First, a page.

Cartman's avatar

Green Peace

mattbrowne's avatar

@critter1982 – Very simple. By announcing the revoking of the Bush administration’s core policy called ‘You are either with us or against us’. He did this as President-elect end of 2008. If you live in the United States you can’t imagine how the international community felt when the unprecedented nightmare, this unprecedented spiteful political war between Bush and the allies of America ended on November 4, 2008. Even all the conservatives all over Europe were so relieved this political war was finally over. Fairness and diplomacy would return. Everyone knew we need fraternity between nations.

benseven's avatar

@Cartman The last time I checked Greenpeace primarily concerned themselves with the politics surrounding evnironmental change rather than world peace. #fail

benjaminlevi's avatar

@mattbrowne But that only means that all anyone has to do is be less awful than George W. Bush gets a peace prize?

mattbrowne's avatar

@benjaminlevi – Well, it’s a good point, although I don’t think that McCain would have been as effective as Obama when it comes to renewing fraternity between nations. I don’t think McCain would buy into the concept of ‘we are a nation of Christians, Muslims, Jews, Hindus and non-believers’. And Obama said that in January 2009 and might not count for the Nobel Prize. Therefore I think there was more to it than the fraternity between nations part. Nelson Mandela got the Nobel Peace Prize in 1993. It was about Apartheid in South Africa.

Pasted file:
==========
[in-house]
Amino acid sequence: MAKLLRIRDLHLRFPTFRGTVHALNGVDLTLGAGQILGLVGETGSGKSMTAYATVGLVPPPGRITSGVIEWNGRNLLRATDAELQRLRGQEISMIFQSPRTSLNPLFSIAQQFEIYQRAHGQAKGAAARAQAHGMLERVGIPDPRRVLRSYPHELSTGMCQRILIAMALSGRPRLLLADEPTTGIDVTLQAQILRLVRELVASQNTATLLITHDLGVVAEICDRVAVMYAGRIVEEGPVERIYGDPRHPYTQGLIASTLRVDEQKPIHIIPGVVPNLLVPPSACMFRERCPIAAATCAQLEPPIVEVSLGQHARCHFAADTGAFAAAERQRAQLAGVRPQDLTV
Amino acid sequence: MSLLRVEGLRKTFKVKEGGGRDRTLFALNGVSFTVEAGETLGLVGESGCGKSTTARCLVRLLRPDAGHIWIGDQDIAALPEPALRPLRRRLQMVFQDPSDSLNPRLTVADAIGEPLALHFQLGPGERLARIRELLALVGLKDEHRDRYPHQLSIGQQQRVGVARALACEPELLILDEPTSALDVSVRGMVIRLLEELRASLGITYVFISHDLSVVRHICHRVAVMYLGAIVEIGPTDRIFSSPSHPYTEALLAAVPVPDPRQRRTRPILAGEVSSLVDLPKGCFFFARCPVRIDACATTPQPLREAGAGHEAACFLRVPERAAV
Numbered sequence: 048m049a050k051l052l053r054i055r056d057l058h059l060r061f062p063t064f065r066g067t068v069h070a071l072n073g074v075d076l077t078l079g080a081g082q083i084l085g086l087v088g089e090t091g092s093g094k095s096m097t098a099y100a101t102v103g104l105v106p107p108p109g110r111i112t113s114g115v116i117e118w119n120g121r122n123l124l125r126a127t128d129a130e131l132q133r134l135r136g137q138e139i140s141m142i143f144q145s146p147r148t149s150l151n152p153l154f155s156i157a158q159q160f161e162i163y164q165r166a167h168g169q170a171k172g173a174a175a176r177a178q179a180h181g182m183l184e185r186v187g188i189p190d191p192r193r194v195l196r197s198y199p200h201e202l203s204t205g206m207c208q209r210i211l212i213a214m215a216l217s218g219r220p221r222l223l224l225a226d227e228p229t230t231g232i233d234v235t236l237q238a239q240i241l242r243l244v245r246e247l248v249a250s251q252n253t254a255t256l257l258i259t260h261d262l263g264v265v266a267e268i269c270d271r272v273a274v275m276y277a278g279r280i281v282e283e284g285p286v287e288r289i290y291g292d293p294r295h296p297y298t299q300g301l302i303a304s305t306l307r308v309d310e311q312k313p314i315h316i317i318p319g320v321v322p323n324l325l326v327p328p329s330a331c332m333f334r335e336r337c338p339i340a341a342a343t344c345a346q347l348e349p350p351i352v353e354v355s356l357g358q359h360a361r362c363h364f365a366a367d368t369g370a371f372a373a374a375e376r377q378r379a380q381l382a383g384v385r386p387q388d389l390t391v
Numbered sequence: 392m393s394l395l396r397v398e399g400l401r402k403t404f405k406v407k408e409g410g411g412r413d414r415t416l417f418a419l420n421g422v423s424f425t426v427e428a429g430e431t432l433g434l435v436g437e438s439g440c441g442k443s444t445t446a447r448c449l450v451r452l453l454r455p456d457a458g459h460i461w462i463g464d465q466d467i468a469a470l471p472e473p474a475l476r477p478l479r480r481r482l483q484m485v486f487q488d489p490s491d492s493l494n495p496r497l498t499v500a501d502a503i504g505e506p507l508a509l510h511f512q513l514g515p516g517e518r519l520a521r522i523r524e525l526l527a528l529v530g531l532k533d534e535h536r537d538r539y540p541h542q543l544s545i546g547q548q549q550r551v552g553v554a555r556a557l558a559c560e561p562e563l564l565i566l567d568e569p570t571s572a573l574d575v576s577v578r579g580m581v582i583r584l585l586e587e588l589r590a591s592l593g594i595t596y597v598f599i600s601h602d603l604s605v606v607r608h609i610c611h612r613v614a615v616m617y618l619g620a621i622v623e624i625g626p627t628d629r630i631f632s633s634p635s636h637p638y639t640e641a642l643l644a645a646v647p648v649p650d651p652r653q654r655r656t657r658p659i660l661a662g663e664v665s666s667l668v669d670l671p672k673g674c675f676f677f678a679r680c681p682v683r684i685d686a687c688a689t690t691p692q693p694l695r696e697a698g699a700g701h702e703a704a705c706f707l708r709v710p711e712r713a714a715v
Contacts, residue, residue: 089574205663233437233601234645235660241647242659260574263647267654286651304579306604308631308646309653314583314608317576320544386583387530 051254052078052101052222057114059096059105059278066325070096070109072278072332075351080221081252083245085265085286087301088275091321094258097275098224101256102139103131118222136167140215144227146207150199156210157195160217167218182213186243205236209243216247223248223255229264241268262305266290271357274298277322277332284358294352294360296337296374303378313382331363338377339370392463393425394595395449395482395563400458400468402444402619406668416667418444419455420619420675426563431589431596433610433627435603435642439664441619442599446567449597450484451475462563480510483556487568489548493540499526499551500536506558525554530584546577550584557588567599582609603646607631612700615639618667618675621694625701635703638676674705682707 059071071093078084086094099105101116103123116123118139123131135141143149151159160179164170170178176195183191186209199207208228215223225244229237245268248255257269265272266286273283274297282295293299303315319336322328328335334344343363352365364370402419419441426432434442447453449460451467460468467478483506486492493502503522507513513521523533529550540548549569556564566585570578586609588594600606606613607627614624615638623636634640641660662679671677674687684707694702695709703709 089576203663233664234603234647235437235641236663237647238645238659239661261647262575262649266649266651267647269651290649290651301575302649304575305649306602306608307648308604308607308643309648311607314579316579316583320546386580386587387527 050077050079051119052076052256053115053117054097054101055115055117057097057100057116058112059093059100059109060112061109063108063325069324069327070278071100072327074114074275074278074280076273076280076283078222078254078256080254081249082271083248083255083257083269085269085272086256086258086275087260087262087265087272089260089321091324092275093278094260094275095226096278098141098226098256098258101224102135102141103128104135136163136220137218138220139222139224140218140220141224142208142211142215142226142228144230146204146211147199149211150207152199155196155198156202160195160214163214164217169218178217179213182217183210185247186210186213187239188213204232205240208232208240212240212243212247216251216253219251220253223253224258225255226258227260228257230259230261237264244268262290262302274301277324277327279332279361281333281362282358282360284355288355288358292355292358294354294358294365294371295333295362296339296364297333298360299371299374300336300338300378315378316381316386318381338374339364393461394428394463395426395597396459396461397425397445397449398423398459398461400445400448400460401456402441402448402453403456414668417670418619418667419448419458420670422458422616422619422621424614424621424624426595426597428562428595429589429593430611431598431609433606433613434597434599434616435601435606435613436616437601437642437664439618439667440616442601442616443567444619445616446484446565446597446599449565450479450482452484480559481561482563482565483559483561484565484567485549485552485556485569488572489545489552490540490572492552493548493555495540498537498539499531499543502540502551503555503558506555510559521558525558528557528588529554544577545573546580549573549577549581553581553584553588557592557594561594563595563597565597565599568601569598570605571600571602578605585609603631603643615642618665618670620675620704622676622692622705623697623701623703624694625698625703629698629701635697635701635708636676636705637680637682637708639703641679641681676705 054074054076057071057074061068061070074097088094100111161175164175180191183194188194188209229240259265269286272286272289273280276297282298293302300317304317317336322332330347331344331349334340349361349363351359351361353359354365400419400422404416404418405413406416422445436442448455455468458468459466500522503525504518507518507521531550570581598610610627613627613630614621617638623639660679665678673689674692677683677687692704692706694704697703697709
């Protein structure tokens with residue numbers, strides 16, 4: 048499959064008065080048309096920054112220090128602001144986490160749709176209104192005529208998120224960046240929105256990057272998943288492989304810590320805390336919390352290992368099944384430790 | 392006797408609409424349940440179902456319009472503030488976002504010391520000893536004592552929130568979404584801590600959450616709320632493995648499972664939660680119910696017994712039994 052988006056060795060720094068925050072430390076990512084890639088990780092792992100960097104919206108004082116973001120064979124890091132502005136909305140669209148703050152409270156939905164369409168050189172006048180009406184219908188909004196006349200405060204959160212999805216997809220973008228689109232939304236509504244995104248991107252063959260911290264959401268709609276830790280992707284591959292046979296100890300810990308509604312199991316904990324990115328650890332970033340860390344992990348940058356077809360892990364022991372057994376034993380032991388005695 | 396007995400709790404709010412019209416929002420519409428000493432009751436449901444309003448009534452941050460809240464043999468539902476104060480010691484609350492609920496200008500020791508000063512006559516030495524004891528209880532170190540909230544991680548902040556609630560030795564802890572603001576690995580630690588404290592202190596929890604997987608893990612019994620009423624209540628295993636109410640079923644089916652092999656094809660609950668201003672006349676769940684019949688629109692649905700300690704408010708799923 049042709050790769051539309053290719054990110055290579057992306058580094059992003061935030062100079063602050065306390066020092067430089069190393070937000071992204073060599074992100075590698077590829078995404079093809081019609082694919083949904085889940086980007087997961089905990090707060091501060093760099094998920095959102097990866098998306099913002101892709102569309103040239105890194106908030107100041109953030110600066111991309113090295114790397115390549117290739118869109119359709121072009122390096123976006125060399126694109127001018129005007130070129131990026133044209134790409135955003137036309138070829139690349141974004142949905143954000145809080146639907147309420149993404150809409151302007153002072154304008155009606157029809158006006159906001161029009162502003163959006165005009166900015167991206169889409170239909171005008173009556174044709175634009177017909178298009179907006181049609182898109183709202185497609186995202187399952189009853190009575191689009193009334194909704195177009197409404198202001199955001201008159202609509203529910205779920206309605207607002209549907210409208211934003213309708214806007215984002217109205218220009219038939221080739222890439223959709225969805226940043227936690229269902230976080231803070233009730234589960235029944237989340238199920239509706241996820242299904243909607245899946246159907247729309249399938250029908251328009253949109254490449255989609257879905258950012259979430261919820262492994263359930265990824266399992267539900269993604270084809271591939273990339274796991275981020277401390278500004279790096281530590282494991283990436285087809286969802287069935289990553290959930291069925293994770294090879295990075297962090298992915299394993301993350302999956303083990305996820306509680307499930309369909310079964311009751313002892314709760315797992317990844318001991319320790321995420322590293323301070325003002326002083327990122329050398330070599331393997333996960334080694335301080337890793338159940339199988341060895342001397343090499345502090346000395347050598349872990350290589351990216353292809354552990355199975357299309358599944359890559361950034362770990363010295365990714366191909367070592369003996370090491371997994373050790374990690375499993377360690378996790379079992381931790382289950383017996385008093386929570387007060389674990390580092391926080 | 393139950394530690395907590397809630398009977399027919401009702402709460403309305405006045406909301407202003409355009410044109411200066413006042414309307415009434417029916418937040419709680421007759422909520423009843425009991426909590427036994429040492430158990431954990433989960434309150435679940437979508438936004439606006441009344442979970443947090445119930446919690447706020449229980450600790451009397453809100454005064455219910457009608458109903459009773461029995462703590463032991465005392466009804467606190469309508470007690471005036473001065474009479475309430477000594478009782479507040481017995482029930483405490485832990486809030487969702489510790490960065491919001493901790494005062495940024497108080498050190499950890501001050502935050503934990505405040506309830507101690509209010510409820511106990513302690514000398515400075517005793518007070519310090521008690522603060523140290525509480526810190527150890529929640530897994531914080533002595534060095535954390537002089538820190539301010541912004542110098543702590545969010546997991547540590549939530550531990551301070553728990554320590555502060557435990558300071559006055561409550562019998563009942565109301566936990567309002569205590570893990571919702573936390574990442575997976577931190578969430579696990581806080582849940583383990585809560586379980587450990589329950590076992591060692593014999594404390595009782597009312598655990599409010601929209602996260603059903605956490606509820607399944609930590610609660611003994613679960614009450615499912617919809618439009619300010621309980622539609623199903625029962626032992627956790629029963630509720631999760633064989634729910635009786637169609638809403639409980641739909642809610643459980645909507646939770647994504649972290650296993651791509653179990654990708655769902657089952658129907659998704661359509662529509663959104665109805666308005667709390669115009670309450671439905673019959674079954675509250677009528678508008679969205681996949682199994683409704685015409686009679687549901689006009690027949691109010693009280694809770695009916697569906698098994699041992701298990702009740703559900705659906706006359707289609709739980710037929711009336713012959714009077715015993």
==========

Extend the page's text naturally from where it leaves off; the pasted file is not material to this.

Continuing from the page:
As I said earlier I think he also won because he made peace between the white and black people in America (not everyone agrees, I know). I think it’s because he made peace between the rich and poor people in America. When I saw the crowds in Chicago in the evening on November 4, 2008 (well, it was November 5, 2008 where I live and I got up at 5 am to watch it). Look at the thousands of black and while people, arm in arm, smiling, cheering, crying, hugging, I said to myself, well, this marks the end to the subtle contemporary segregation in the United States. I thought, today is the day when Martin Luther King’s dream finally comes true, knowing that we will never have perfect societies.

Also look at Obama’s life before he became President. Read his book ‘The Audacity of Hope’. Read how he became a community organizer in Chicago instead of getting hired by a rich Wall Street company awarding excessive undeserved bonuses. Read what he did as a senator. This is light years away from Bush’s attitude.

In his historic Cairo “I have a dream” speech Barack Obama laid the foundation for peace in the middle east (again 2009, but I think his concept was developed before that). See

http://www.fluther.com/disc/46461/i-have-a-dream-how-will-future-historians-view-barack/